3 Letters That Will Boost Your Email Productivity 10-20%

Mar 20, 2007

Like to improve your own (or your team’s) email productivity by 10%-20%, just by using 3 simple letters? Here’s how…Some of us are better than others when it comes to keeping on top of email. I’ve seen unread email folders with 100, 500, even more than 1,000 unread emails – all silently screaming for attention and driving the poor victim/recipient ever further into a non-productive spiral.

Most organizations, divisions, departments and teams can produce immediate, lasting productivity gains by agreeing on some simple email protocols: simple agreed rules for handling email.

The email protocol with the biggest gains and ease of implementation is with regard to the use of email subject lines.

By this, I’m not referring to your individual responsibility to make the text of the subject line something meaningful (for example: “Draft Agenda for Thursday’s Review Meeting”, rather than “Re: Thursday”).

The text of the subject line is important, but there’s another, more compelling issue at stake:

The key reason most people don’t open and act on emails efficiently, is because they’re afraid of what they might find inside.

This may sound overstated – even dumb, but believe me: after years of counseling individuals and teams on productivity, I’m absolutely convinced that for most people, the volume of email is such that they can only give a relatively small amount of their energies to opening and parsing what’s landed in their inbox.

Hence, the subject line carries the greatest impact on whether or not an email will actually get opened and acted upon: If you doubt that, check your inbox over the next day, and monitor the impact an emails subject line has on whether or not you actually do anything about it.

I’ve discovered that the single most productive thing an organization, division, department or team can do to increase email productivity is to agree a set of short codes to use in email subject lines to alert the recipient as to what is expected of them.

Once the recipient can see at a glance what the ‘resource impact’ of the email is, the better they can plan and respond to it. Observationally, I’ve seen individual and productivity improvements of between 10 and 20% by using this simple technique.

Here are the six subject line ‘codes’ that I favor most – feel free to copy and amend them as you wish, and even better, make up your own, customized versions:

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Print and Distribute: Subject Line Protocols


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[EOM] – End of Message

One of the biggest time wasters with email is the need to actually open the email to read the message. Although it might not seem much, repeated hundreds of times a week, it’s quite a time burden – especially if you’re working on a Blackberry or other portable email client.

Even with a desktop client such as Outlook, or Lotus Notes, many emails just sit there, unopened, because the recipient hasn’t the time or energy to open it and read it!

If you can convey the entire message in less than say, 60 characters, put the whole message in the subject line, and close the subject line with [EOM] – that way, your recipient knows everything they need to know, without even opening the email.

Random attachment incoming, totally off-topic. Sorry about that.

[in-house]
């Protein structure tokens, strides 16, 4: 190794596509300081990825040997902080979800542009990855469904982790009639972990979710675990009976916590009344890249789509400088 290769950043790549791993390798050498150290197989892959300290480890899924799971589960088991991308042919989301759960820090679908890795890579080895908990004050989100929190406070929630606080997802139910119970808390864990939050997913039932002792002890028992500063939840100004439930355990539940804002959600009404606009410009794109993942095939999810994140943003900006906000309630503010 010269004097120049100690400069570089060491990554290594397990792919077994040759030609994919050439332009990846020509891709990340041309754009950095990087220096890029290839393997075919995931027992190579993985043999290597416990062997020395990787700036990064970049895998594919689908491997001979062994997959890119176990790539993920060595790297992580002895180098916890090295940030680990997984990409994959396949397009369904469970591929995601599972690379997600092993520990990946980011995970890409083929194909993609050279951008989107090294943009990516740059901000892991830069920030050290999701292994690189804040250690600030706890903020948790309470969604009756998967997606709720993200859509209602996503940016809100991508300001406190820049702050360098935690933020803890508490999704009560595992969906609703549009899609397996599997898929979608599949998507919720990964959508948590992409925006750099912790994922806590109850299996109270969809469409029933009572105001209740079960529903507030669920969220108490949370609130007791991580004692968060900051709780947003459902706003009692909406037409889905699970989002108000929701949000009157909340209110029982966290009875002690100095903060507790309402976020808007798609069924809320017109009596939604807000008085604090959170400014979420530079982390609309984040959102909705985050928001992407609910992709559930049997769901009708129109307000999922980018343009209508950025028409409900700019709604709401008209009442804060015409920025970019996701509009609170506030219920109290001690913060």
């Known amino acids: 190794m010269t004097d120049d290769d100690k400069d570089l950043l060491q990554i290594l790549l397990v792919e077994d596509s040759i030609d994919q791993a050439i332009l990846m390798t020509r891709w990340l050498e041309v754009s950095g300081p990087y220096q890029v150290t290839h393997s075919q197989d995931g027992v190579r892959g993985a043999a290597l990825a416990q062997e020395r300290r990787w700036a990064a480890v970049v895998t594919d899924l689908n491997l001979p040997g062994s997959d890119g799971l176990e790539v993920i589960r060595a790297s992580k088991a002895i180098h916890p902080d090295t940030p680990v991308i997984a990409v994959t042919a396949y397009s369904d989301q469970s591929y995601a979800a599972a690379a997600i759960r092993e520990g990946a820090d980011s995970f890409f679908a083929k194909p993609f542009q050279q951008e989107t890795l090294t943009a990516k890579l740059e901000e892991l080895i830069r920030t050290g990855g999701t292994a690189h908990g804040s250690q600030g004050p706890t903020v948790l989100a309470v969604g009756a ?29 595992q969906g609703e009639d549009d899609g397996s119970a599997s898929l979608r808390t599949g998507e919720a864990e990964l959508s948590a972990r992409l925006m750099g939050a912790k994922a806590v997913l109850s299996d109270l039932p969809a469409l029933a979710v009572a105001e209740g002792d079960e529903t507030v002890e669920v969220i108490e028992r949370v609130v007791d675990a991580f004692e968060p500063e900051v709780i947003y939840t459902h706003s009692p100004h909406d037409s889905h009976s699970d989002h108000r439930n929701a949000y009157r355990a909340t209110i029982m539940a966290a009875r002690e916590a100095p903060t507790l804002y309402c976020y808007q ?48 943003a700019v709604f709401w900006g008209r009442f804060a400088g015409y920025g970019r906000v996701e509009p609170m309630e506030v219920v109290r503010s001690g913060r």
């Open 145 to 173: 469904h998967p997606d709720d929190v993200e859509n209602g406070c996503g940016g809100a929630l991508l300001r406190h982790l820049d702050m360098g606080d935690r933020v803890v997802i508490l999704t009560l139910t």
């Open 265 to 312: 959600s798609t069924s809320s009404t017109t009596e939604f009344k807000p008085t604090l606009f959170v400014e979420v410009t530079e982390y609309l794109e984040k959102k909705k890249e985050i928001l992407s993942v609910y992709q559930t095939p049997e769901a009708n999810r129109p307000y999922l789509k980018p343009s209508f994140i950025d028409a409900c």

For example, this email with just a subject line and no body:

SUBJECT LINE: Weekly Review is at 3pm in Conference Room 3 [EOM]

…is much better than the usual email that looks something like:

SUBJECT LINE: Weekly review meeting

BODY: This week’s weekly review meeting will be held in Conference room 3.

[NRR] – No Reply Required

A stronger version than the old standby ‘FYI’ (“For Your Information”), ‘NRR’ (“No Reply Required”) makes it explicit that you do not require a reply to this email.

Once someone can see – from the subject line – that there is no ‘response overhead’ in reading the email, it’s much more likely to get opened and acted upon. E.g.:

SUBJECT LINE: Agenda attached for Weekly Review [NRR]

[Y/N] – Yes/No Question

Most people can attack a ‘Yes/No’ decision with more alacrity than something more complicated or multifaceted. If you just need to know if they want chicken or fish, or whether 3pm works better than 4pm, use [Y/N] to get your answer more quickly. E.g.:

SUBJECT LINE: Decision needed on location of weekly review [Y/N]

[RB+ ] – Reply By (insert timeline)

Need a reply by tomorrow? Tell the recipient up front by putting [RB+1] in the subject line.

A week from now = [RB+7], a month = [RB+30], etc.. Need it today? [RB+0]. An hour from now? [RB+0.1] E.g.:

SUBJECT LINE: Will you be attending the Weekly Review? [RB+2] [EOM]

[AB+ ] – Action By (insert timeline)

Works the same way as ‘Respond By’. except that this code alerts the recipient that there is an action embedded somewhere in the email that they need to take by a certain date / time. E.g.:

SUBJECT LINE: I need the agenda for next week’s Weekly Review [AB+5] [EOM]

These two codes together are incredible productivity promoters, as they can be used by the recipient to plan needed activities in advance.

[PYR] – Per Your Request

If you’re sending someone something that they previously asked for (in other words, your email isn’t initiating any new actions), let them know right up front. E.g.:

SUBJECT LINE: Agenda attached for Weekly Review [PYR]

The bottom line:

Don’t wait until the weight of email ‘unreads’ produces the inevitable dropped ball – establish and implement your own set of email subject line protocols today.